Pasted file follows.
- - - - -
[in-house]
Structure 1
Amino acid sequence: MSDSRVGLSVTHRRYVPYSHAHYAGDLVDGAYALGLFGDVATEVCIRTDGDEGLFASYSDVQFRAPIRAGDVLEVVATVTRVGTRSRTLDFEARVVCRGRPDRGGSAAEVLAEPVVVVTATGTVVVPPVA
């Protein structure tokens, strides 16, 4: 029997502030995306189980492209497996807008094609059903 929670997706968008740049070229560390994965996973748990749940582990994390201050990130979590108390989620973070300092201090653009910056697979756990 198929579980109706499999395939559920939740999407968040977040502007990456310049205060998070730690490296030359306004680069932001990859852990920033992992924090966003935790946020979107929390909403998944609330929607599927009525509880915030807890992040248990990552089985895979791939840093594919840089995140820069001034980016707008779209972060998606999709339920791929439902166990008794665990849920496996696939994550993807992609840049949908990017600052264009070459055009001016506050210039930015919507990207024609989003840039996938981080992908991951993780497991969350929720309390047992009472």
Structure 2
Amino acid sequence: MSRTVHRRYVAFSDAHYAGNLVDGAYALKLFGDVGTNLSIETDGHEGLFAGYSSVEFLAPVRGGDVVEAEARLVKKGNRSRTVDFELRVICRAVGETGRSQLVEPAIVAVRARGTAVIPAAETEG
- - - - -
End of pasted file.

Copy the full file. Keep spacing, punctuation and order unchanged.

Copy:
[in-house]
Structure 1
Amino acid sequence: MSDSRVGLSVTHRRYVPYSHAHYAGDLVDGAYALGLFGDVATEVCIRTDGDEGLFASYSDVQFRAPIRAGDVLEVVATVTRVGTRSRTLDFEARVVCRGRPDRGGSAAEVLAEPVVVVTATGTVVVPPVA
């Protein structure tokens, strides 16, 4: 029997502030995306189980492209497996807008094609059903 929670997706968008740049070229560390994965996973748990749940582990994390201050990130979590108390989620973070300092201090653009910056697979756990 198929579980109706499999395939559920939740999407968040977040502007990456310049205060998070730690490296030359306004680069932001990859852990920033992992924090966003935790946020979107929390909403998944609330929607599927009525509880915030807890992040248990990552089985895979791939840093594919840089995140820069001034980016707008779209972060998606999709339920791929439902166990008794665990849920496996696939994550993807992609840049949908990017600052264009070459055009001016506050210039930015919507990207024609989003840039996938981080992908991951993780497991969350929720309390047992009472």
Structure 2
Amino acid sequence: MSRTVHRRYVAFSDAHYAGNLVDGAYALKLFGDVGTNLSIETDGHEGLFAGYSSVEFLAPVRGGDVVEAEARLVKKGNRSRTVDFELRVICRAVGETGRSQLVEPAIVAVRARGTAVIPAAETEG